Taking care of caterpillars is not as easy as it looks

Pieris brassicae

Caterpillar close-up

Yes! The series of the Large White butterfly is finished. It was very interesting to follow their development, but I’m also somehow happy it’s done. Taking care of caterpillars and documenting their growth turned out to be more difficult than I expected.

Easy start

The kit I got from the Dutch Butterfly Association, contained five pupa, app. twenty caterpillars and two clusters with eggs. The pupa were very easy to care for; I just had to wait for the butterflies to come out, so I could, when the weather was right, set them free in the garden. The caterpillars were already too old to follow, so I only had to take care of them until they pupated. With only twenty of them that was very doable and they all got safely to the pupa stage.

A lot of photo sessions

It became more difficult when the eggs hatched. This was the group of caterpillars I was going to follow to document their growth and development. Because I didn’t know how long the caterpillar stage would take, I decided to do three series; every two, three and four days. Just to be sure. This meant a photo session almost every day, knowing that the majority of the shots were not going to be used for the series.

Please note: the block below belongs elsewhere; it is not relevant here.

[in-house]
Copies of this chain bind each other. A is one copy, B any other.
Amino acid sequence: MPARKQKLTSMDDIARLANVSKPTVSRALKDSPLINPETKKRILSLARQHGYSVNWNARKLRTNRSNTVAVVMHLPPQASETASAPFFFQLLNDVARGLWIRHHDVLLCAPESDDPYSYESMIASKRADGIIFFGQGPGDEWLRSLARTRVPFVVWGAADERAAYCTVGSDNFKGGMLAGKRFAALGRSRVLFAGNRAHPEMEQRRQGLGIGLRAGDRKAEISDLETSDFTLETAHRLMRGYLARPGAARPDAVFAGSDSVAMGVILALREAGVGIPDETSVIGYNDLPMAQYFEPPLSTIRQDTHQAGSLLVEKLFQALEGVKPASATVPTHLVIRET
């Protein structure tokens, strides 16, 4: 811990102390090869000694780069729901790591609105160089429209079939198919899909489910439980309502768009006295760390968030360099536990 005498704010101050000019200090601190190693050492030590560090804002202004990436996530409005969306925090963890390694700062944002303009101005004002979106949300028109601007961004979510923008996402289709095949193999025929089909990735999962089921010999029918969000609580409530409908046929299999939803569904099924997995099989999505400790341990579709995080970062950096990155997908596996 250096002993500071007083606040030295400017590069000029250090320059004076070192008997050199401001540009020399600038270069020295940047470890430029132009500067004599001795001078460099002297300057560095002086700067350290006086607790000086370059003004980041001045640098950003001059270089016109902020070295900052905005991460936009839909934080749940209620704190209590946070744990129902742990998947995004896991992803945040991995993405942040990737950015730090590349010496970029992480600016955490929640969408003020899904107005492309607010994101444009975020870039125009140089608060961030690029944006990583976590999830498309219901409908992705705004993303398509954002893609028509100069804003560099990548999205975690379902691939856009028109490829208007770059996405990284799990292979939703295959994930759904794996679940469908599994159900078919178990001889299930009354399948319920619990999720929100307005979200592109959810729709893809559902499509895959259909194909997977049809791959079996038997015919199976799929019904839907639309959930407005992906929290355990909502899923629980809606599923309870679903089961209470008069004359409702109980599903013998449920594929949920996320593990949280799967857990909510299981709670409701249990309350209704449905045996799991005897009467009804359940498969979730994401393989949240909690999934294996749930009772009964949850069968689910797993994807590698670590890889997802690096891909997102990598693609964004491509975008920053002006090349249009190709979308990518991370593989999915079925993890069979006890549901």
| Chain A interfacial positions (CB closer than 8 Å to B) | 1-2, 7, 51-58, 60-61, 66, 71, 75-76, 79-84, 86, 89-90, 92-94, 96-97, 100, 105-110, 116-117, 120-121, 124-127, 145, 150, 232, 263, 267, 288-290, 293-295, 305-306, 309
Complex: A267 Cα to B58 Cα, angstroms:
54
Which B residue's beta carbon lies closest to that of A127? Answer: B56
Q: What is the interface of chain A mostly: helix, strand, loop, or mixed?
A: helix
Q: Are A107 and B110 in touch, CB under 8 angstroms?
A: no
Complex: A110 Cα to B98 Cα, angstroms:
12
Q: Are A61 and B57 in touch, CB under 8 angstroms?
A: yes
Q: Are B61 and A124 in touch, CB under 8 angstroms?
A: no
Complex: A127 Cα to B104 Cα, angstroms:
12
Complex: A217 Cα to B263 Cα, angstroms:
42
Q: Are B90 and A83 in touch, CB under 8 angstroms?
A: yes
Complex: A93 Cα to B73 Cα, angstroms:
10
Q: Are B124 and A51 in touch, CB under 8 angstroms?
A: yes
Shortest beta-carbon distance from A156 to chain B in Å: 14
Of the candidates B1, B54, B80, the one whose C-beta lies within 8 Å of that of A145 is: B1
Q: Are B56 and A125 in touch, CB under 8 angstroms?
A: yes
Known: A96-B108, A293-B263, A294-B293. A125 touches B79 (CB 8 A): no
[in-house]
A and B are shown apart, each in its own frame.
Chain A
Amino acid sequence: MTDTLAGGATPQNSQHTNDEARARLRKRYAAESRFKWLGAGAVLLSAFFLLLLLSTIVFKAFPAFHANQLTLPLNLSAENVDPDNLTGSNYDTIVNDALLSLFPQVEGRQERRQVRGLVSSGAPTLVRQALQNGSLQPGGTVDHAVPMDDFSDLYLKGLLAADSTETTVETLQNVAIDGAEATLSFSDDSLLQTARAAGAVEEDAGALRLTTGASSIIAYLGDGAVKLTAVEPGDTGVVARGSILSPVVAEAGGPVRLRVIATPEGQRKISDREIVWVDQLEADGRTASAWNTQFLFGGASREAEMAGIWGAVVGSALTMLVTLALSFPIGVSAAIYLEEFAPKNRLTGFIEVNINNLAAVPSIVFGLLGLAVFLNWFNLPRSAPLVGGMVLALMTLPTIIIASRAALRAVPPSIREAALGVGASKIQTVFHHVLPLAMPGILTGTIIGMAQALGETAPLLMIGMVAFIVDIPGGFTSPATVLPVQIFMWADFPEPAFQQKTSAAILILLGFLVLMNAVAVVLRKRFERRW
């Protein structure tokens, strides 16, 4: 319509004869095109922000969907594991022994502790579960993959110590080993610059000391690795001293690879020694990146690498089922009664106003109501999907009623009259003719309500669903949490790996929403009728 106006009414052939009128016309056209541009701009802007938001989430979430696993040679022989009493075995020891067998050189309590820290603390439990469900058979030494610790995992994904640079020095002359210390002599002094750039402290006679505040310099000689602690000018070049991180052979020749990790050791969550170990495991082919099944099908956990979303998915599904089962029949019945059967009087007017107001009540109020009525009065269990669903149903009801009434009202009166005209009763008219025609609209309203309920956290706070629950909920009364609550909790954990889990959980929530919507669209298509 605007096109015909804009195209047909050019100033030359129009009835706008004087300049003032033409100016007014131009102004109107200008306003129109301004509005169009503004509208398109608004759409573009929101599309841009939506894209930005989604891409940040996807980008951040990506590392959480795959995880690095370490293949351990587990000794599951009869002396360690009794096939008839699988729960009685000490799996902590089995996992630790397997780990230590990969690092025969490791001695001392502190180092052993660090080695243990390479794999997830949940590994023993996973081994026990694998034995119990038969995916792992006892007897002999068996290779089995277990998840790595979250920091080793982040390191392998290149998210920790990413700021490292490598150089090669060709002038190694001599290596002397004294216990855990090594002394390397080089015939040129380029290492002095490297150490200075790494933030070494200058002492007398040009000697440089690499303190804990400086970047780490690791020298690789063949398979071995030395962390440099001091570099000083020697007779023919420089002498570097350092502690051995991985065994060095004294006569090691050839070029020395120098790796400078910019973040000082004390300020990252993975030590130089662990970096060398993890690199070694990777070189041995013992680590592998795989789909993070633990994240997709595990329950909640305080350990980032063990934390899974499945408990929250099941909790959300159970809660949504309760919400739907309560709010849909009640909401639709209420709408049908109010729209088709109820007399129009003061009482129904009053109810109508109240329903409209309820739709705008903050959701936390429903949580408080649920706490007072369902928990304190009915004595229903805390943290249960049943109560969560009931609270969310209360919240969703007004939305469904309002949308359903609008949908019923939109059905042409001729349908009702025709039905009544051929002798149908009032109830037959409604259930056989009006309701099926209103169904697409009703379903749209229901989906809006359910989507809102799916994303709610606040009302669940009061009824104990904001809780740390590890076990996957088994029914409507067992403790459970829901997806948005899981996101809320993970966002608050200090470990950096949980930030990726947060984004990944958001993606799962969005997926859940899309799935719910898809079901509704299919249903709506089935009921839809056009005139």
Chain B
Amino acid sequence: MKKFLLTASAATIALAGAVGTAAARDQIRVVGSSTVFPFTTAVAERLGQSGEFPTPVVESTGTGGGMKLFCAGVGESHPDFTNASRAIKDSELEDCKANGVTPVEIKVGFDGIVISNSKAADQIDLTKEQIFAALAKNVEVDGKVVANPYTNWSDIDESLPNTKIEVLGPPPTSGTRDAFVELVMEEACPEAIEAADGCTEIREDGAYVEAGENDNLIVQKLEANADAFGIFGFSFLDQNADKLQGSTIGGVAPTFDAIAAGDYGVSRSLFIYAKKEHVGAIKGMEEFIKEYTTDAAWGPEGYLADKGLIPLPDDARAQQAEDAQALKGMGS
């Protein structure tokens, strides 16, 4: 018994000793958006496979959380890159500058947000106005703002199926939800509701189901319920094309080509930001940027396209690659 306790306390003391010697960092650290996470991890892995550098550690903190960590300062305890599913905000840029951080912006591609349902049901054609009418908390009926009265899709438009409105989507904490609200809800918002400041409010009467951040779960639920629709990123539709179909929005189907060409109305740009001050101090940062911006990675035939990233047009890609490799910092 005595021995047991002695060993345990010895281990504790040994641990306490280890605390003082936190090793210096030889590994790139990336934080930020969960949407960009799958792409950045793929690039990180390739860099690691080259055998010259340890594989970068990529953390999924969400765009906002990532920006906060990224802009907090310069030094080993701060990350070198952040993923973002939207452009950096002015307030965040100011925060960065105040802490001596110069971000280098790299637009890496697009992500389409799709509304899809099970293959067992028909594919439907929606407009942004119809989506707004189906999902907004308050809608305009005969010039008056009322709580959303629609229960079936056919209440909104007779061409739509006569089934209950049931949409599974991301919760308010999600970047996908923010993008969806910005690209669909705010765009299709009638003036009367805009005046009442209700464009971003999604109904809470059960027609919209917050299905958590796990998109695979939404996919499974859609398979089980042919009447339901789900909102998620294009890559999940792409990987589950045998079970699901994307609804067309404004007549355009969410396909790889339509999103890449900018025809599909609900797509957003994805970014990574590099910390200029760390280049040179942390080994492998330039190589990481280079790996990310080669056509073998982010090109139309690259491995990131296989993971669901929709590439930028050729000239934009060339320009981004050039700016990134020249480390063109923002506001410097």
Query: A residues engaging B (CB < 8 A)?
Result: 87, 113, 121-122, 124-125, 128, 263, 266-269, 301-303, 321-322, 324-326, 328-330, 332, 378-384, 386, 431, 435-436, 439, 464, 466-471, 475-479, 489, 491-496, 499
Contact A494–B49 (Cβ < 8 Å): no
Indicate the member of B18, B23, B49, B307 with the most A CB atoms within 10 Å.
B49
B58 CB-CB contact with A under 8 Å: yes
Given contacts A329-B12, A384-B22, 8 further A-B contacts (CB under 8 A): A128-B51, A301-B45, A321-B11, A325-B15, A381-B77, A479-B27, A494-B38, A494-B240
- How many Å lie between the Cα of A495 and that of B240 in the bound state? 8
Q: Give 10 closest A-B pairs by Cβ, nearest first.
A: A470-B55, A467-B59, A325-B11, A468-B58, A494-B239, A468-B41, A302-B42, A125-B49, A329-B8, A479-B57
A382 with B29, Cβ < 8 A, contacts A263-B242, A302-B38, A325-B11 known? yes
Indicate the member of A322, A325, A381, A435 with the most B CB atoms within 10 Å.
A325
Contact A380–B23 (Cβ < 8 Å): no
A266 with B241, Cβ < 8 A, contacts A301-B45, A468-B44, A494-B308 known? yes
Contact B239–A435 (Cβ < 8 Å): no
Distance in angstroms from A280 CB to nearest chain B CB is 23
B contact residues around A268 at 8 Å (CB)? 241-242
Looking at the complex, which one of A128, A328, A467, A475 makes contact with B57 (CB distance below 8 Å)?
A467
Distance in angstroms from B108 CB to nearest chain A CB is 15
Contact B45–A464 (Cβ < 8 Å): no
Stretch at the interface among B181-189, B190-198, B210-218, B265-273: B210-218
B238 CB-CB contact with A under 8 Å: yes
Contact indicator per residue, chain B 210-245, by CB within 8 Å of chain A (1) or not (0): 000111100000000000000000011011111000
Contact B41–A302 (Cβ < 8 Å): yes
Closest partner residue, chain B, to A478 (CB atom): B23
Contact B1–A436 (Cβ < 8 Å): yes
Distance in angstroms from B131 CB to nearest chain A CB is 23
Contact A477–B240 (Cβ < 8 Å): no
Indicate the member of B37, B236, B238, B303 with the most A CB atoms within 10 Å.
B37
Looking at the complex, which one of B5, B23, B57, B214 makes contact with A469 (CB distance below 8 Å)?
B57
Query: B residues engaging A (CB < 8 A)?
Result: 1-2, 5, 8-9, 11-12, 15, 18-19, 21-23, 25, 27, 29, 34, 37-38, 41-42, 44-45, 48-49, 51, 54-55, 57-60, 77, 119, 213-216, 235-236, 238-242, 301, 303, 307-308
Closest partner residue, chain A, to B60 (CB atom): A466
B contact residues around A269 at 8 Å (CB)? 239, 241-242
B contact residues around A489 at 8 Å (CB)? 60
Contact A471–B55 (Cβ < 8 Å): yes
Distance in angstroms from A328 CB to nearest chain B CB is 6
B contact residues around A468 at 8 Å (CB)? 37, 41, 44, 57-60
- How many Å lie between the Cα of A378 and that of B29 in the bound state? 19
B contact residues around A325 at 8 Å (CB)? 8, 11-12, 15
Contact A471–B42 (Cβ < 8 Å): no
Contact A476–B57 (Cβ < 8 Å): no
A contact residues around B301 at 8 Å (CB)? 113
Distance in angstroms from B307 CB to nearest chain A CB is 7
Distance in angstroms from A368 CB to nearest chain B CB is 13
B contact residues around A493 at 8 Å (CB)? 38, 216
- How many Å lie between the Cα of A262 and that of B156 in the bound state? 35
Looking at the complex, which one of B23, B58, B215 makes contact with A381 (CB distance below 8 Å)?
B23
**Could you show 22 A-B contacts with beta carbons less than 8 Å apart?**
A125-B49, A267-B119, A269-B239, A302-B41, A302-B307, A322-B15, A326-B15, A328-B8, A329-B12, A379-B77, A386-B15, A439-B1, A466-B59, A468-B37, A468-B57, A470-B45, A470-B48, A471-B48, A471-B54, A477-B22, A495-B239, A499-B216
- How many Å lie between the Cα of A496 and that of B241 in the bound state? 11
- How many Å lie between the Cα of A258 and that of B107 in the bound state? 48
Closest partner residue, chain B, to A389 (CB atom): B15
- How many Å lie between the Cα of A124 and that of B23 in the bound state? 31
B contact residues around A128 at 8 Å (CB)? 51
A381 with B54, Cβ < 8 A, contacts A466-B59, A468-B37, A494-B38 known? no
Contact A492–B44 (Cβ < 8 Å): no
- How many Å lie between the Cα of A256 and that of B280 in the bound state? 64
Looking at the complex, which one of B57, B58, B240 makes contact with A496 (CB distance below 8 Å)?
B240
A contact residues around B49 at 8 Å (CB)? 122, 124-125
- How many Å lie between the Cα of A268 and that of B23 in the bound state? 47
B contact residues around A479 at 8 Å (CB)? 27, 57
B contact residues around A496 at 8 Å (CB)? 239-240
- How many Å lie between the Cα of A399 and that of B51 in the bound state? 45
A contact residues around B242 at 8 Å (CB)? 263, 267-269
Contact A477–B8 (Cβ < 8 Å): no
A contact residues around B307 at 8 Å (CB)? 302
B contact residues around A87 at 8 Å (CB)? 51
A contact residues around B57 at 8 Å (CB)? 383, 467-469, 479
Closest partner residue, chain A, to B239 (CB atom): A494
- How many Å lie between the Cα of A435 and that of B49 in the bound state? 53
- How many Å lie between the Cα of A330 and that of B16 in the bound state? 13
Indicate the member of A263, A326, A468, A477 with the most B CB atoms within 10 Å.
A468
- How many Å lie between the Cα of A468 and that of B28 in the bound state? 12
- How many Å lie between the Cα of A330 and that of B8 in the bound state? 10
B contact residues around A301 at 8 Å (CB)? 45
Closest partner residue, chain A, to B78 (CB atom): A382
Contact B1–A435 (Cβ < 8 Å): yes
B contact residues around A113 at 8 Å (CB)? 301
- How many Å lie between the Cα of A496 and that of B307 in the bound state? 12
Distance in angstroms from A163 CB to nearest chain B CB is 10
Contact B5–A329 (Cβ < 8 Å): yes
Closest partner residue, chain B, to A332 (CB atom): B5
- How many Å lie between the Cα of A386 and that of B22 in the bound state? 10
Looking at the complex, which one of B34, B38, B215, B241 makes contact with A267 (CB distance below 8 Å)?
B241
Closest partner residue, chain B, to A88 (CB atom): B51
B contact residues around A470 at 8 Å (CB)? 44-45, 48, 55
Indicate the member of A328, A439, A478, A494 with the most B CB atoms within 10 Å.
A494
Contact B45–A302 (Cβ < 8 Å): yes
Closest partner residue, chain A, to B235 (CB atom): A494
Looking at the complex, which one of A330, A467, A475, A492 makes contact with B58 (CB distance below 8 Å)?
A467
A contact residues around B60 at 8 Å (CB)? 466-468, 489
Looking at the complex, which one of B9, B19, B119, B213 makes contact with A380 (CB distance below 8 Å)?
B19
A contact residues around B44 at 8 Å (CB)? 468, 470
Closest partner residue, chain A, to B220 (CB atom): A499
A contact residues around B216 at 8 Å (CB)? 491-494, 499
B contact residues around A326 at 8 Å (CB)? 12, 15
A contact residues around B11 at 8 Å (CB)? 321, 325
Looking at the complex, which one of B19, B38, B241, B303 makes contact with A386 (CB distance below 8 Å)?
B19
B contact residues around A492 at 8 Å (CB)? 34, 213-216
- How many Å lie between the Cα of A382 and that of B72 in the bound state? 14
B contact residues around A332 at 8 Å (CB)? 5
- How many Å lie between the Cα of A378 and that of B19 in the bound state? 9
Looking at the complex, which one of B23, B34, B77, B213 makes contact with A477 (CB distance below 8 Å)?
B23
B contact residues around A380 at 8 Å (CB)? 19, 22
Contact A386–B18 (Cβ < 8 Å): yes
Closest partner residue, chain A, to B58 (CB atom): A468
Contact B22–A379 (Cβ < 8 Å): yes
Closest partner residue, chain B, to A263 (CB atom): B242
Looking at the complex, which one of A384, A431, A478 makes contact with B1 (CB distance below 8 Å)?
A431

Taking care of sixty caterpillars wasn’t easy as well. In the beginning they are pretty small, but when they start growing, the also start eating a lot. And by a lot, I really mean a lot. I had to give them new cabbage leaves multiple times a day, because within a few hours, they were completely gone. And everything that goes in, also has to come out again at some point, so cleaning their cage quickly became a daily routine.

Cleaning

But how do you clean a box with sixty caterpillars? Fortunately, I had a few large fauna boxes, so the most easy solution was to put a paper towel and some fresh cabbage leaves in a second box and move them one by one. But as always, animals have a mind of their own and not all caterpillars agreed with my plan. Sometimes one of them was missing and later I found it totally elsewhere, because it got out while I was paying attention to one of the other caterpillars. Other animals just didn’t want to be moved and started to resist. You have to be really carefully because they are delicate animals, so the easiest way to move them, was to put them on a cabbage leaf with a brush and use the leaf to transport them to the clean cage. Sometimes it took over half an hour before everyone was in the new cage. For that matter, I’m pretty happy that this series is finished, but butterflies and caterpillars are still very remarkable animals, so if I get the chance to follow another butterfly species, I will certainly use the opportunity.

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